When you love people, you care for them and want what is best for them. You want others to be happy. You want others to grow and improve. Love even allows you to cheer others on when they are excelling you.
Finding love for people is not easy. Some of them hate you in return and try to push you down. How do we look past this?
We find that the more we understand a person’s story, the more we understand their behavior. Similarly, we know the meanest dogs on the block are psychologically wired that way from their experiences. When we approach these injured dogs, we can still love them even if we have to wear leather gloves for our own protection.
Love clarifies. Love gives us the eye of God. It allows us to see past other’s negative behavior. Love allows us to look in others’ eyes, pierce their walls, and gaze straight into their soul.
Our love for others allows us to see more clearly. Likewise, the love we see, or don’t see in others, is the greatest marker for who we can trust. There will be many willing to offer you life advice. How do you know if you can trust them? Ask yourself: “Is he telling me this because he cares about me?” That’s it. For that reason, be wary of voices in your life seeking to tear you down. Be wary of voices or causes seeking to rouse your anger. No, they don’t care about you. Not one bit.
Finally, Find God.
In our lives, we look to the great men and women of the past, seeking to emulate their best qualities. We want to be as successful, or happy, or influential as they were. Why not then, look to emulate perfect deity?
Our perspective of the universe is extremely limited. Our understanding is much like that of a dog — who wanders blissfully through the neighborhood from one fire hydrant to the next. Psychologically, evolution has not designed him to reason like Man; he can’t interpret music for one — and he has no comprehension of the depth of love we have for him.
We gaze into the vastness of the universe, which seems to have no boundaries. Scientists even acknowledge that there is very likely space beyond space — outside of the three dimensions we can observe. There is a lot we don’t know about the universe.
The chances that there is no God to be found in all of that, is essentially 0%. Mathematically, an infinite space could also include everything, including an Intelligence, with all vision, all knowledge, all virtue, and all power. I don’t have the time today to get into the logic why this must be, but such a Being must also contain all love.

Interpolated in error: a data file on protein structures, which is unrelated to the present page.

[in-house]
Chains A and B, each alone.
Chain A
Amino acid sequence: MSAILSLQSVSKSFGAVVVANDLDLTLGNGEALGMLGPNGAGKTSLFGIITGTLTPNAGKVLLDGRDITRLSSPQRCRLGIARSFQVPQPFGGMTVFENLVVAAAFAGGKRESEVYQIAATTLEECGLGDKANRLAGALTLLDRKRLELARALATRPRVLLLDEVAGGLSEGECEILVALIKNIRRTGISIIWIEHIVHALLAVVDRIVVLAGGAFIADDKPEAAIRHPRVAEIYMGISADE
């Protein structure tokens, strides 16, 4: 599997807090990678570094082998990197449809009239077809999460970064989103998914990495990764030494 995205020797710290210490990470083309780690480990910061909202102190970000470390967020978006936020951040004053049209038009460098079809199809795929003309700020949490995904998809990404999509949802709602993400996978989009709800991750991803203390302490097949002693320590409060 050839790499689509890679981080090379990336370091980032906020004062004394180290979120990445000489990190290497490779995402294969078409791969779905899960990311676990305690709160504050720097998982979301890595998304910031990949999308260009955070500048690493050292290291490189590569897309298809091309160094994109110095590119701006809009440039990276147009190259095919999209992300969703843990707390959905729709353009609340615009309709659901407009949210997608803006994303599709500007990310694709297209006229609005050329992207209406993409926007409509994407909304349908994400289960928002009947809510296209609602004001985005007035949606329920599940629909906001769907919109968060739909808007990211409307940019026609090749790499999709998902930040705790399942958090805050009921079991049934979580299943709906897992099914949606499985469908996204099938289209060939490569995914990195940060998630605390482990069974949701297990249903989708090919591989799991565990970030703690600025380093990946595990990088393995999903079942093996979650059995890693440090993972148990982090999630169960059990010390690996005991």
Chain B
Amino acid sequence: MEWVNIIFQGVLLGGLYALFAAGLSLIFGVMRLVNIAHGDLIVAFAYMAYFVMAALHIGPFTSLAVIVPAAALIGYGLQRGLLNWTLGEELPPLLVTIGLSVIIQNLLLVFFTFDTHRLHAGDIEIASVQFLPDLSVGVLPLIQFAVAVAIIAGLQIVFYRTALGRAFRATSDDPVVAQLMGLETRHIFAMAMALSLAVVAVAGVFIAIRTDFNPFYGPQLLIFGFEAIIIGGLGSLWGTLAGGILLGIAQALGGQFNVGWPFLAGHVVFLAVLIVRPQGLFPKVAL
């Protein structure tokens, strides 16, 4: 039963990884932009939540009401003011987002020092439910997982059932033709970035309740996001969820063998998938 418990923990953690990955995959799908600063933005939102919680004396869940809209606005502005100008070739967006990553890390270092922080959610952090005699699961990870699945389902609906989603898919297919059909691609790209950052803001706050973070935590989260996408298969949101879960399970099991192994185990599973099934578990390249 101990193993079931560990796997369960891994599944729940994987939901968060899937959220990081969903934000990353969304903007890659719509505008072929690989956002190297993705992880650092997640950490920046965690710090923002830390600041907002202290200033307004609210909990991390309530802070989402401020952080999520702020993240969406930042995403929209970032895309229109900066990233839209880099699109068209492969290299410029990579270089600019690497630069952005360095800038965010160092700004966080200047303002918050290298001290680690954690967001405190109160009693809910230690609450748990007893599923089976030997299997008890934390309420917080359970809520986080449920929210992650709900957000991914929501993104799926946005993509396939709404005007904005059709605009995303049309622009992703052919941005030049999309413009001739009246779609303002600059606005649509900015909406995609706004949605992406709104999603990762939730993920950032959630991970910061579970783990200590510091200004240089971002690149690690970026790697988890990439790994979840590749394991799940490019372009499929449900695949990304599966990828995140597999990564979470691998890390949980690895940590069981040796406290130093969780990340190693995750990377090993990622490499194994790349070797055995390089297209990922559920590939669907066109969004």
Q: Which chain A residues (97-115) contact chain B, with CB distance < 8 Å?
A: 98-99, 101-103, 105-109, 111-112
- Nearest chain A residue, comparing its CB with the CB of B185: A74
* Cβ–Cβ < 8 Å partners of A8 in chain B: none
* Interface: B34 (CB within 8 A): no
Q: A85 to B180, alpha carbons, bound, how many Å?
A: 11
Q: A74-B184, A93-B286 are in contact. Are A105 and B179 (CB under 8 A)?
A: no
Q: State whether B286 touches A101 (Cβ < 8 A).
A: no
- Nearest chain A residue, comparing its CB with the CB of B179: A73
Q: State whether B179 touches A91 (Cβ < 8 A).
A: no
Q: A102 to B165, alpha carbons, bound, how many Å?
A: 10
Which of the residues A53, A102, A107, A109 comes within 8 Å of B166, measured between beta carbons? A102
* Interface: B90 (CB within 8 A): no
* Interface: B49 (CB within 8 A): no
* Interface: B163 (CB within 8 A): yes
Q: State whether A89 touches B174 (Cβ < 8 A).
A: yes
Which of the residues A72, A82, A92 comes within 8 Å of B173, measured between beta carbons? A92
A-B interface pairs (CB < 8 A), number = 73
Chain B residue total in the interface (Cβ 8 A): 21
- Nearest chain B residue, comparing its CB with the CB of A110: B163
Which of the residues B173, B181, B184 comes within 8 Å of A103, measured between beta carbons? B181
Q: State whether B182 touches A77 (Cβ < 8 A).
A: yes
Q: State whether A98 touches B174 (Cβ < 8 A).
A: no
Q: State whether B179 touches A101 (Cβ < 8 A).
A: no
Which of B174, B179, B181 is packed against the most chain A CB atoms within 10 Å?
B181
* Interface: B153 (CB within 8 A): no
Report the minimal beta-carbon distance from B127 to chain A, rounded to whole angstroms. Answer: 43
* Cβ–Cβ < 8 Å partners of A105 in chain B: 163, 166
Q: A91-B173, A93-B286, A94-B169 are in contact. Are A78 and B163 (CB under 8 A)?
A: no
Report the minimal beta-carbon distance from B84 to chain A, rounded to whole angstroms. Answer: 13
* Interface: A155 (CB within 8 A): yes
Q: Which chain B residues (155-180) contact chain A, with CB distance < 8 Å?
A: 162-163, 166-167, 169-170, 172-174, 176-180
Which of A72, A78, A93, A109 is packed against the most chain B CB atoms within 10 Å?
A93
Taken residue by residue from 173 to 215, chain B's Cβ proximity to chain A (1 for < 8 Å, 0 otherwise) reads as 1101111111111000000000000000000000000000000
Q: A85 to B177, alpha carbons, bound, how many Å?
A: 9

Evolution has wired humans to survive and to experience true happiness in raising families. But evolution also comes with one curious accident: that is, we are also wired to believe in a God. Because of this, a belief in God is universal across every culture where atheism is not actively taught.
I have spoken of God in a secular, general way. But as you seek to find God for yourself, you will find a personal God, who is aware of you and loves you.
Such a power as God can be a source of great strength in our lives. As we come to know God for ourselves, we find a greater understanding of the world and its people. We gain greater clarity on what we should be doing with our lives. And most of all, it increases our capacity to love.
In order to experience the full life, we can find wealth, find someone to marry, find love, and find God. It’s a great recipe for life — and even if you can find only two or three of these ingredients, you can still have a great life.
All of us will have periods in our lives when the path is dark and so much seems uncertain. But those who seek will find.
Graduates, we love you. You are a generation in a long line of generations before you, and a long line of generations to follow you. Up until now, you have drawn on the legacy of your fathers and mothers before you.
But now, this is your time. Ahead of the generations to come, it is now your turn to make a legacy for them. And in your short time, you will find true meaning in the legacy you make — in how you love, and how you serve the human family.
– by AJ Martel
Feature image caption: AJ Martel speaks to Escalante High School’s graduating class of six at their graduation on May 26, 2023.
The Commencement Speech Given at the Escalante High School Graduation.
AJ Martel – Escalante
AJ Martel is the youth coordinator at The Byway, but he is involved in most everything. He and his family live in Escalante, and they love it here! AJ has found Utah’s small towns quite inviting and under-defended, which is why he’s so involved with the paper. What AJ loves to do most, though, is serve his community. That is clear through everything he writes and does for Escalante, Utah.